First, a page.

Every day is different

PR is a varied, exciting and fast-paced career choice. I love how each day is different from the last, my first four months have taught me how to be flexible and adaptable.

PR teams all have their own way of doing things and experiencing different agencies during my past internships strengthened my ability to adapt. From copywriting to researching to social media management, I gained the ability to juggle them all.

The smaller the agency the more varied the role. My agency is small which certainly has its perks, my work is never limited to one sector. I could be writing an architectural press release mid-morning then drafting social media posts for a legal client by lunch.

Don’t be afraid to ask questions

I was a little nervous on my first day when I first stepped into the JHPR office, but I had no reason to be. The team were all so helpful and welcoming from the very start. The PR industry has taught me that you never stop learning. Never be afraid to ask questions because you can gain a wealth of knowledge from the people around you and their experiences.

I have only been working in PR world for four months and I have already attended award ceremonies, team away days and networking events and have seen the team secure amazing pieces of media coverage for our clients, reaching an audience of 1.5 billion people in 2019 alone. I can’t wait to see what the future holds for my career in PR.

 

Thinking about a career in public relations? Chat to us today at hello@jenniehollandpr.com

Follow Tamara on Twitter @tamarasamuelpr

What are brand archetypes and why do they matter?

For business leaders, there has never before been so many resources available when it comes to shouting about your brand, products and services.

But in this competitive digital multiverse of content, social media platforms, celebrities and influencers, it is easy for your brand to become lost in all of the noise without a clear personality that shapes all of your online presence.

All brands have an identity – defining it depends on how you want to interact with your target audience, the products and services that your company offers and where your specialisms lie.

Do you sell advice, technology or something you’ve created?

Do you use specialist skills, rely on your industry contacts, or invest heavily in research and development to stay ahead of the competition?

How should consumers feel when they see or buy your product or service?

The answers to these questions are a good place to start when defining your brand’s personality – in the early 20th century, Swiss psychiatrist and psychoanalyst Carl Jung developed a list of universal brand archetypes that can be identified in all aspects of life, from our dreams and religions to our art and fairy tales.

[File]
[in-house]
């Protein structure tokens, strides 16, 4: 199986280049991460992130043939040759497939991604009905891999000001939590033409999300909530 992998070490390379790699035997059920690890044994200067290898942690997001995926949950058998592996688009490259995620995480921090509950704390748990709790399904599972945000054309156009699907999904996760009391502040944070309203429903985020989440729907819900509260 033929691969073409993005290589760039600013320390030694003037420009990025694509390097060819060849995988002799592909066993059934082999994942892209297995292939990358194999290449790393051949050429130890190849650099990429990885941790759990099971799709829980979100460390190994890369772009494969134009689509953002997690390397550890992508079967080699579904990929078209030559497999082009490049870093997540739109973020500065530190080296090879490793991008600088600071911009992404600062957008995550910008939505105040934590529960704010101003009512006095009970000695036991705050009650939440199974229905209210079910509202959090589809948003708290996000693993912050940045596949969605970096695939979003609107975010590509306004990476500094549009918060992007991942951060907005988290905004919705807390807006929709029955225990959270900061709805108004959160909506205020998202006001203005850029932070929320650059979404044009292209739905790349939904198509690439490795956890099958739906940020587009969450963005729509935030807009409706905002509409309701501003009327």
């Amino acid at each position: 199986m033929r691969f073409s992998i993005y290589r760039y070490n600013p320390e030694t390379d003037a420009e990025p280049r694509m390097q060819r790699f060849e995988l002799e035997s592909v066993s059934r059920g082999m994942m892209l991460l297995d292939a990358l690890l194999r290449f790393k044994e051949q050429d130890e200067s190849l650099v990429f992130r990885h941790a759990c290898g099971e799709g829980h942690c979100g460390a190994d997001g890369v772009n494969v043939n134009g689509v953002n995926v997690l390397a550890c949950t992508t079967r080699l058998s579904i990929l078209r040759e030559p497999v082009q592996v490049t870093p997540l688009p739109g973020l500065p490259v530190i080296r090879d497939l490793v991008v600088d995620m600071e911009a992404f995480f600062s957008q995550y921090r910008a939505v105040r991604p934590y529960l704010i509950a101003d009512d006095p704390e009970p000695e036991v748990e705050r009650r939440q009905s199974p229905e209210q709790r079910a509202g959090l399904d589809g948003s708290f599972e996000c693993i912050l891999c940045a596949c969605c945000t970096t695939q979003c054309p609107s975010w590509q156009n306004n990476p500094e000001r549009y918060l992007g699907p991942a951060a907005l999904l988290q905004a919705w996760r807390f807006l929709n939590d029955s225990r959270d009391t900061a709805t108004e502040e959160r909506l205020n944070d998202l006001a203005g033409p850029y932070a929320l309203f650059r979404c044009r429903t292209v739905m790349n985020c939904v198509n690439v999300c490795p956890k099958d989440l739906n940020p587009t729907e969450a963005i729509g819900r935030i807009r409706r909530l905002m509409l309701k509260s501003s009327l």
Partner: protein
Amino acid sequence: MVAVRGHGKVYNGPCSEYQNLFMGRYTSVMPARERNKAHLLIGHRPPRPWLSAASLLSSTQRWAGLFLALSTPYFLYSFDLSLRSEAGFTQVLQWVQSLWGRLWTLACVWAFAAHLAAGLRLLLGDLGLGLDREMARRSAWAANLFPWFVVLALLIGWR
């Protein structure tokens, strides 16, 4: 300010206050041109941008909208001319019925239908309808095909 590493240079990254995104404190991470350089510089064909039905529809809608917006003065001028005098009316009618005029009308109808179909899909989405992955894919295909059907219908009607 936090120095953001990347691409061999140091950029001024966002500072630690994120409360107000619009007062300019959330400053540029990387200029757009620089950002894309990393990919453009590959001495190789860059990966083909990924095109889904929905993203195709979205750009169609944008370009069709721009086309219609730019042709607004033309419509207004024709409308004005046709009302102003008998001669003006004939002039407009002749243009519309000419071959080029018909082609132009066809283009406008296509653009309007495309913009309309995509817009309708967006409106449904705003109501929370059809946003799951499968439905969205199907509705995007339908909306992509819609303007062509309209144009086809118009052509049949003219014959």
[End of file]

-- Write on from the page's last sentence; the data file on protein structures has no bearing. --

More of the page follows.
Now, these brand archetypes have been adopted by advertising professionals all over the world as a way of visualising and summarising a brand’s identity, helping it to connect more effectively with the consumer.

Brands can fit broadly into one, sometimes two, of the following 12 Brand Archetypes:

  • The Innocent – pure, simple, trustworthy and safe

Example: Coca Cola

  • The Sage – wise, understanding and truth-seeking

Example: Trip Advisor

  • The Explorer – adventurous, free, ambitious and spiritual

Example: North Face

  • The Outlaw or Rebel – free-spirited, brave, agent of change and unconventional

Example: Virgin

  • The Magician – making dreams come true

Example: Disney

  • The Hero – determined, skilful and ruthless

Example: Nike

  • The Everyman – relatable, reliable, empathetic and connects with others

Example: PG Tips

  • The Jester – playful, joyful and carefree

Example: Paddy Power

  • The Lover – passionate, romantic and committed

Example: Chanel

  • The Caregiver or Nurturer – compassionate, generous and strong

Example: Johnson & Johnson

  • The Ruler – in control, confident, firm but fair

Example: Mercedes

  • The Creator – innovative, imaginative and expressive

Example: Lego

Which archetype best aligns with your company’s products, industry reputation and specialities?

Once you’ve decided, have a look at globally renowned brands and see what they are talking about on social media, on their website and in their adverts. You’ll begin to notice the consistencies and patterns in the language they use and the images they portray – and you can do the same with your brand’s online presence and marketing materials, to build an identity that your customers will come to recognise and trust.

Interested in learning more about our social media services? We can help. Get in touch with Jennie Holland PR for all things social on 0115 998 3048 or hello@jenniehollandpr.com